State government's tearing hurry to lay a network of pipelines in north Gujarat lifting waters from the Narmada main canal to irrigate large areas in Mehsana, Patan, Sabarkantha and Banaskantha districts have encountered resistance from the most unexpected quarters. The former Narmada and irrigation minister, Jaynarayan Vyas, has said that "it would be a cruel joke on the people of north Gujarat to show them another impractical dream with just one and a half years left for the elections".

Vyas has shot off a letter to state finance minister Nitin Patel who has stated that a sum of Rs 175 crore would be set aside from this year's budget for the Rs 3,000-crore project meant to quench north Gujarat's thirst, currently reeling under its third year of scarcity. "A formal order on funding the project will be out in a week," Patel said. The project will be implemented immediately and completed by the end of 2002, he claimed,

Aghast by the rush with which the government has finalised the project, Vyas, who himself hails from north Gujarat, has said the project was extremely costly and impractical. Vyas says the Survey of India has already completed a study pointing towards the feasibility of the link canal that would help irrigate 10,000 sq km area out of a total of 20,000 sq km in north Gujarat. "Some officials having little technical background appear to be misleading the government with alternative plans," he says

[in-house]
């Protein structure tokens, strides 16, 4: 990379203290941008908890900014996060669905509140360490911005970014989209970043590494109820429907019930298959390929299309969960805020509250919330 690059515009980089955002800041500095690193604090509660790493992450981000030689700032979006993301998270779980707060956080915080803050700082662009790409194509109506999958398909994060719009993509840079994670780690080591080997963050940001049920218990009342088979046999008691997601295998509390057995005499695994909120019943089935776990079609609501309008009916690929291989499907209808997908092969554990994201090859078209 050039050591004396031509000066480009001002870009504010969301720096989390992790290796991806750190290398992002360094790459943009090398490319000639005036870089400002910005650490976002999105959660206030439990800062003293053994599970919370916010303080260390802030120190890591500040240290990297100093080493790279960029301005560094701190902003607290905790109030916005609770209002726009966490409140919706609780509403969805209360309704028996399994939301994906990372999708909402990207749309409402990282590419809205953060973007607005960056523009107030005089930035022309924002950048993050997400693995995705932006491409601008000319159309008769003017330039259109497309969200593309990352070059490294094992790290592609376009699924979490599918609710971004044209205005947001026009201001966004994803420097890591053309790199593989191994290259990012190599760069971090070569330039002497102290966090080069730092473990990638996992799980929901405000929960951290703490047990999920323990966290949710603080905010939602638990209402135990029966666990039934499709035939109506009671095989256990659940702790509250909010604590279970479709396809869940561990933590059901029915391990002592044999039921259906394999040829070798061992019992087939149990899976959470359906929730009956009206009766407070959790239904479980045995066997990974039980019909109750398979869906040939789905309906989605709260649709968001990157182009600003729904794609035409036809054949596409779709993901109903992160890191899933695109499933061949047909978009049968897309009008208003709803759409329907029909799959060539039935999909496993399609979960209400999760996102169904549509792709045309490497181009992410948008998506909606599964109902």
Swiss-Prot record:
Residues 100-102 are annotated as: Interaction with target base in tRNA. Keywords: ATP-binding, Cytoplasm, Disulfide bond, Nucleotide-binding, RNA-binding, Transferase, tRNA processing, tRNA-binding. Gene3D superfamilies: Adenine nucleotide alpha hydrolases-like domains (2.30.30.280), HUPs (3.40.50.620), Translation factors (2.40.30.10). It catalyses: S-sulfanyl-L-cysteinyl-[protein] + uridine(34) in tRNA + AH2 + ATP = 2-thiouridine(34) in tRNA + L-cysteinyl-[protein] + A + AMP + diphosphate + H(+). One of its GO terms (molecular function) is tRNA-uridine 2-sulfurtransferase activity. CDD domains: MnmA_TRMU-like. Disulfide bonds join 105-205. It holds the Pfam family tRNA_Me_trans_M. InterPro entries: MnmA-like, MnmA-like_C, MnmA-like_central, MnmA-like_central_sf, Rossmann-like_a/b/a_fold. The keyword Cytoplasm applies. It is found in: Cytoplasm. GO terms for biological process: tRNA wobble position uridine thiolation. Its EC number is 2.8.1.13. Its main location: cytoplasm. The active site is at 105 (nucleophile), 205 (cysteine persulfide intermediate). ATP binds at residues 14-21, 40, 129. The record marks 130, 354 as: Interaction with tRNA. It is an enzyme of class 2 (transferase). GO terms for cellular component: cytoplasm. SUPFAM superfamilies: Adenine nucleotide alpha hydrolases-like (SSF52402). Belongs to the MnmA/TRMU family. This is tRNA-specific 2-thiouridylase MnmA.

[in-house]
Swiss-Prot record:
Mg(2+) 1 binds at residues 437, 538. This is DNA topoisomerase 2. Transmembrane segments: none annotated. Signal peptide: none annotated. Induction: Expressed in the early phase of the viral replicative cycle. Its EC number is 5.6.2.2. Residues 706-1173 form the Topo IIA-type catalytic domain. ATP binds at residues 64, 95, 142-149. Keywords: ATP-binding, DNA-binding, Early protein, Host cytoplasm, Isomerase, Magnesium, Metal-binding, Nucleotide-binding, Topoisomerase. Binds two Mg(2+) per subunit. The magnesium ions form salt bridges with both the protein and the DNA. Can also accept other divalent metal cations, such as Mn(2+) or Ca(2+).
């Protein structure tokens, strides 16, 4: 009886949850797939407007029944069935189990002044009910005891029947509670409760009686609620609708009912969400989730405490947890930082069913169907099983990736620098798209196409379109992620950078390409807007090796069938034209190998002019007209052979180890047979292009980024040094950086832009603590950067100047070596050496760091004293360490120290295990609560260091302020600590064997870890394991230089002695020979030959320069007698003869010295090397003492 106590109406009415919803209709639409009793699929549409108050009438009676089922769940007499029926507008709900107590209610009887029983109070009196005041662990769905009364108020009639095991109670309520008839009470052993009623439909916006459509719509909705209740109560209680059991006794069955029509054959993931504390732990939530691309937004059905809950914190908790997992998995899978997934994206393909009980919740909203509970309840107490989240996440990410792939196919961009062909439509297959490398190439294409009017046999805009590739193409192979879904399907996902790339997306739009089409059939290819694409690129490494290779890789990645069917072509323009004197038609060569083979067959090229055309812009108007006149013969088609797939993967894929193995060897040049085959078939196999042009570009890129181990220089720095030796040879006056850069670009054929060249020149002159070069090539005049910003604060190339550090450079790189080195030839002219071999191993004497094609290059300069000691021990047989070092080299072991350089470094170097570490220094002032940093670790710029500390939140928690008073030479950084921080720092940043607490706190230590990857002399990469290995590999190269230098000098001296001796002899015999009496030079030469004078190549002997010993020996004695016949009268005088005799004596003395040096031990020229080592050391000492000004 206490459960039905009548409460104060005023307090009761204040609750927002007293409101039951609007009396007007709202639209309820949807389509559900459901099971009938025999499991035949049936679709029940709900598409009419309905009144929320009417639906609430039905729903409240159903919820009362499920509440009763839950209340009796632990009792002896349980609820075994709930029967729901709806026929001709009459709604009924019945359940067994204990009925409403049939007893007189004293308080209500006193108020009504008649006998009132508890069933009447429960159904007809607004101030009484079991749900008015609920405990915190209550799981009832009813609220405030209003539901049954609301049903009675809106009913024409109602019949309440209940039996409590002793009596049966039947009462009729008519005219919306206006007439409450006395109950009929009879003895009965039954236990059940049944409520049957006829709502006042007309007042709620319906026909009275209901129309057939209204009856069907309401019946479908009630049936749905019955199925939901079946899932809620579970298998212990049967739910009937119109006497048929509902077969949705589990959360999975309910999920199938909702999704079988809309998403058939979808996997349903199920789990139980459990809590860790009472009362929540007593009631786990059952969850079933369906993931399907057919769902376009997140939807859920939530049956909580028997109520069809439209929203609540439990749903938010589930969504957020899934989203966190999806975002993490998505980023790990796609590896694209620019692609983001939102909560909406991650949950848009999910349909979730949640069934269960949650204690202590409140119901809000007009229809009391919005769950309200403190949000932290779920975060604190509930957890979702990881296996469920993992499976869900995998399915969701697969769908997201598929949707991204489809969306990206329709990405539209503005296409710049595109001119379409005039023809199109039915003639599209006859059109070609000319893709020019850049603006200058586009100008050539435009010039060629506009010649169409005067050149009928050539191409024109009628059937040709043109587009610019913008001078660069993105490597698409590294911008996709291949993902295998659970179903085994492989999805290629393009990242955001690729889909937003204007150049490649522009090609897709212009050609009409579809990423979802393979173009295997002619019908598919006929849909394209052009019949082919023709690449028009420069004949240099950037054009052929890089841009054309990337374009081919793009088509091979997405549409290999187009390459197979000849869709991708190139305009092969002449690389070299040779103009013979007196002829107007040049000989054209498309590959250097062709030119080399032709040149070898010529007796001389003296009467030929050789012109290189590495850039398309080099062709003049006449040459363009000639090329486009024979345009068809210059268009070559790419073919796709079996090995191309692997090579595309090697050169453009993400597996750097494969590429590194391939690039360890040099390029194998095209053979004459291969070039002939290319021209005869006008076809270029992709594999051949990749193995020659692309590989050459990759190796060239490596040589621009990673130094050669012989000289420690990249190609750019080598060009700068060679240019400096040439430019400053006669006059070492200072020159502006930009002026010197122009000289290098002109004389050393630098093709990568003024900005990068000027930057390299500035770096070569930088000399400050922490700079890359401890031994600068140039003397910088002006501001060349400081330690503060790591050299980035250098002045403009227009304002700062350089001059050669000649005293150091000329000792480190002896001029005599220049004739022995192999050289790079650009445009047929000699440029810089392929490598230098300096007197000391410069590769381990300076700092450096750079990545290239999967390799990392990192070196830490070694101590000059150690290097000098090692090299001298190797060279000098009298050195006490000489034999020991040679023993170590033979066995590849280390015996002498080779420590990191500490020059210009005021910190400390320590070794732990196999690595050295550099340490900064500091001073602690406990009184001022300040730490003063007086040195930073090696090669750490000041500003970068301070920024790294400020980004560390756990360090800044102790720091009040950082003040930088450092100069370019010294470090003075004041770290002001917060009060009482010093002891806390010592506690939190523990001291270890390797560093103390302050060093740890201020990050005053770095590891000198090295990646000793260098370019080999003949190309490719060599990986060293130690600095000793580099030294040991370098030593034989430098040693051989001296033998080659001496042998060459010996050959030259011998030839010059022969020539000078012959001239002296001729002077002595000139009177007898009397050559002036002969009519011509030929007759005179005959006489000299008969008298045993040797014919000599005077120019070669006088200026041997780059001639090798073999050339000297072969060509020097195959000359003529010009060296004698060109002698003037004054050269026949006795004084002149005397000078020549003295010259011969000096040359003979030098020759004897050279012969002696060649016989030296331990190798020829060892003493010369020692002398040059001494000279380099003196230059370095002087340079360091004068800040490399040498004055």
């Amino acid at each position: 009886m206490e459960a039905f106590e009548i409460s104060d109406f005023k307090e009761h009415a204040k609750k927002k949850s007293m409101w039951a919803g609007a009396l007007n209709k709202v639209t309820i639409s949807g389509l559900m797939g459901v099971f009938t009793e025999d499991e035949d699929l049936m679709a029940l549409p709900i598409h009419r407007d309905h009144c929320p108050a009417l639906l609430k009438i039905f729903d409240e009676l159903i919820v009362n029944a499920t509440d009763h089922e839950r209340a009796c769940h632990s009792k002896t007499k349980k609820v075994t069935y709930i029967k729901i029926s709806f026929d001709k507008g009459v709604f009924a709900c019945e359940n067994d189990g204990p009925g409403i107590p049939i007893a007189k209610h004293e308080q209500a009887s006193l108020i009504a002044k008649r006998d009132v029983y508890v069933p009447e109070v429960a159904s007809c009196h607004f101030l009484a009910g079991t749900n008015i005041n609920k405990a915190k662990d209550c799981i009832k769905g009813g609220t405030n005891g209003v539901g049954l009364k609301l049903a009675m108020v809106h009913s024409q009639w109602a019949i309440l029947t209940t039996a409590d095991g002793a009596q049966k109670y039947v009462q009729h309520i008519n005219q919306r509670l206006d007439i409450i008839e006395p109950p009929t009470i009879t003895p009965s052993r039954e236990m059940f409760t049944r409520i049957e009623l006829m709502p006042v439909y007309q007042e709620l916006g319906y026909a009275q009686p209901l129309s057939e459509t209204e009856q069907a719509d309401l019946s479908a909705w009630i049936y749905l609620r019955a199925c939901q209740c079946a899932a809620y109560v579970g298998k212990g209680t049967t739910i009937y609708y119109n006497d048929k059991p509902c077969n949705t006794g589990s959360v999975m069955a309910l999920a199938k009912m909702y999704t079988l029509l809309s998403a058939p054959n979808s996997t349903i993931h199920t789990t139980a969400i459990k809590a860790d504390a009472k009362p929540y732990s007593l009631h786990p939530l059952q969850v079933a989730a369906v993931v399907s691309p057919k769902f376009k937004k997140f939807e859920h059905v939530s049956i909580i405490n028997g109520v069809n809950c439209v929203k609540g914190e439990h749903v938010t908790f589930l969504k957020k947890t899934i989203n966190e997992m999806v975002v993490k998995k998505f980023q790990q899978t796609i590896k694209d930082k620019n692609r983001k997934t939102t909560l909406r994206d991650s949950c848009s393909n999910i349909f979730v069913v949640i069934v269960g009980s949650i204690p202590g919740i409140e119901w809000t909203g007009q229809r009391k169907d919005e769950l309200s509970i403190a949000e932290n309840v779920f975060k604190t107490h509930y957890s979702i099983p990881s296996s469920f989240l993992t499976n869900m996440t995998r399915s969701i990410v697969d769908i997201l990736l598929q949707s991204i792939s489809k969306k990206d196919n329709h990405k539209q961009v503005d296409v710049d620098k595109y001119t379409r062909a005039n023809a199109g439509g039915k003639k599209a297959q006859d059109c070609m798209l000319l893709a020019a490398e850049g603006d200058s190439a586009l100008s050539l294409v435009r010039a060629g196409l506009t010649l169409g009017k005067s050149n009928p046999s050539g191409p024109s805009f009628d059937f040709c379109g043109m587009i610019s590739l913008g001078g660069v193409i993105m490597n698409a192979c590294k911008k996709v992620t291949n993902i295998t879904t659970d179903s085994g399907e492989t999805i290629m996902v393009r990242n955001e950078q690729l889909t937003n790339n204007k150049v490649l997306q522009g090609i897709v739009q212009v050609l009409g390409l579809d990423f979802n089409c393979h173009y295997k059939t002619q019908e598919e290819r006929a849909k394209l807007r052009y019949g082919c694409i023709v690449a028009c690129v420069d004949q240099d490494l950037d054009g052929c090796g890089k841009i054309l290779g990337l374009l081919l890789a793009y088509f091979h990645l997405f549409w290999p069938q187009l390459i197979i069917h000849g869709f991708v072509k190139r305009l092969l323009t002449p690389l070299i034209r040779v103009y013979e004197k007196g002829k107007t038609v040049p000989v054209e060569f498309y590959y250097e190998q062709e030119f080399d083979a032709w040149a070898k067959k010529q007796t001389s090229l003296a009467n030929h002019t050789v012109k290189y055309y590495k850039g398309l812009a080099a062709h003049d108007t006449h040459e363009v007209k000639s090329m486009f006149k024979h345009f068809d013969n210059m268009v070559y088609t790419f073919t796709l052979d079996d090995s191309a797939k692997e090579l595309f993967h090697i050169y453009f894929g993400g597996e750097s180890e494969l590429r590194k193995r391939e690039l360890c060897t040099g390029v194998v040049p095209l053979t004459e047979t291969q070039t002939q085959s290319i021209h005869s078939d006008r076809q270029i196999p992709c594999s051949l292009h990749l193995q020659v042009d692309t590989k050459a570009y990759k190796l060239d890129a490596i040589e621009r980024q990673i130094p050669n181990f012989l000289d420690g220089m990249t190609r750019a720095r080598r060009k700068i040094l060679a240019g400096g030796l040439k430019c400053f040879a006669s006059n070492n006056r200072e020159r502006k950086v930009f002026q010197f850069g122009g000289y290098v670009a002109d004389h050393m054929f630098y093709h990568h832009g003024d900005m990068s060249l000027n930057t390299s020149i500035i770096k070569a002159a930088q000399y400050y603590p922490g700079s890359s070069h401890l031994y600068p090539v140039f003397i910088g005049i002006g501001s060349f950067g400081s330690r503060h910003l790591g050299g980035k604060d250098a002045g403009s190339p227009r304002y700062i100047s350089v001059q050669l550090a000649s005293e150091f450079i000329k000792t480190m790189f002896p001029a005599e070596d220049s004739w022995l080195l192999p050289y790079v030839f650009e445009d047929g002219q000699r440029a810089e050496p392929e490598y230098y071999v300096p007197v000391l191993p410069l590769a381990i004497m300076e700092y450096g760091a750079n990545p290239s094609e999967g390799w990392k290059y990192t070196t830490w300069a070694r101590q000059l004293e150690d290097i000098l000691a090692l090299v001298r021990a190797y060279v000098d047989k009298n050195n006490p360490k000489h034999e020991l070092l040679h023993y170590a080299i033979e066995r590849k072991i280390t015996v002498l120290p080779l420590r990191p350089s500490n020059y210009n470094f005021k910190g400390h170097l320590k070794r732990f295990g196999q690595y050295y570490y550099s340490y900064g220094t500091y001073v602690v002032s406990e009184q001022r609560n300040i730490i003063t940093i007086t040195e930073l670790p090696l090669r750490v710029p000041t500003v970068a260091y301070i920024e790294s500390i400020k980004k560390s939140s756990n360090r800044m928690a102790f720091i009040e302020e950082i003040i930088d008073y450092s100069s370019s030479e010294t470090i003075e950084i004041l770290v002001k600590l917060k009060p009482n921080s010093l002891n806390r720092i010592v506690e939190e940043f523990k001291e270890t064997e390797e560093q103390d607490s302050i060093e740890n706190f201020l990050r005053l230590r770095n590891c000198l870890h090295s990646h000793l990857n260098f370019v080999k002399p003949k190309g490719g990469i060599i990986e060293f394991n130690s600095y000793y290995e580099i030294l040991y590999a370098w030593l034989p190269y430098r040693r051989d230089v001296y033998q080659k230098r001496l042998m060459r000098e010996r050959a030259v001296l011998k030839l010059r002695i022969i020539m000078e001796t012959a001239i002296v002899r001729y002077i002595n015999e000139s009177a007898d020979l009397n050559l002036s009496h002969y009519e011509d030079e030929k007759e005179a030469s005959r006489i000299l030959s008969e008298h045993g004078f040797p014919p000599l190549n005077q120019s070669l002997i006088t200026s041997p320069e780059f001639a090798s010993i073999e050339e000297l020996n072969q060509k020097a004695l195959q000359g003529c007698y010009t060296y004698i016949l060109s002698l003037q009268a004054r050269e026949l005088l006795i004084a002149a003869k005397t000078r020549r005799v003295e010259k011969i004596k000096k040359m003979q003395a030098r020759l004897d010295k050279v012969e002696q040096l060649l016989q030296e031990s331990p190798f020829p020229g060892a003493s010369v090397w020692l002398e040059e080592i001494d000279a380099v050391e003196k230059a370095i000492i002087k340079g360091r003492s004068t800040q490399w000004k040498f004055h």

However, under the new plan, the blueprint of which is ready, half a dozen huge lakes will be built on the east of the main Narmada canal passing through some north Gujarat areas. The Narmada waters will be pumped in these lakes. Then, a network of pipelines, two metres wide, and two to six of them running parallel to each other, would be connecting these lakes with Dharoi, Dantiwada, Sipu, Manadevpura, Vadgam, Bakrol, Majam, Vatrak, Hathmati, Guhai, Meshvo and Rel dams. Lakhs of cusecs of excess Narmada waters flowing away into sea during monsoon would be used for filling up the dams.

With the pipeline plan taken up, the earlier proposal of building a 182-km-long Narmada link canal starting from a chosen point in Kapadvanj in Kheda district to connect all the major north Gujarat dams stands abandoned. This is what has upset Vyas and reportedly several other BJP leaders from north Gujarat

The view is strong in the Sachivalaya that the pipeline plan could be completed in a year, helping the state BJP to show something concrete to the people of north Gujarat, a region close to the heart of Chief Minister Narendra Modi. Already, farmers in the region are getting restive and the Congress president Sonia Gandhi is expected to address a mammoth kisan rally in Mehsana on Friday.

Vyas says the project would need 1,200 MW of electricity for lifting waters to the dams, considerably more than what the link canal would need. He insists, "No such alternative plans should be taken up without concrete study and discussions with experts and representatives from north Gujarat."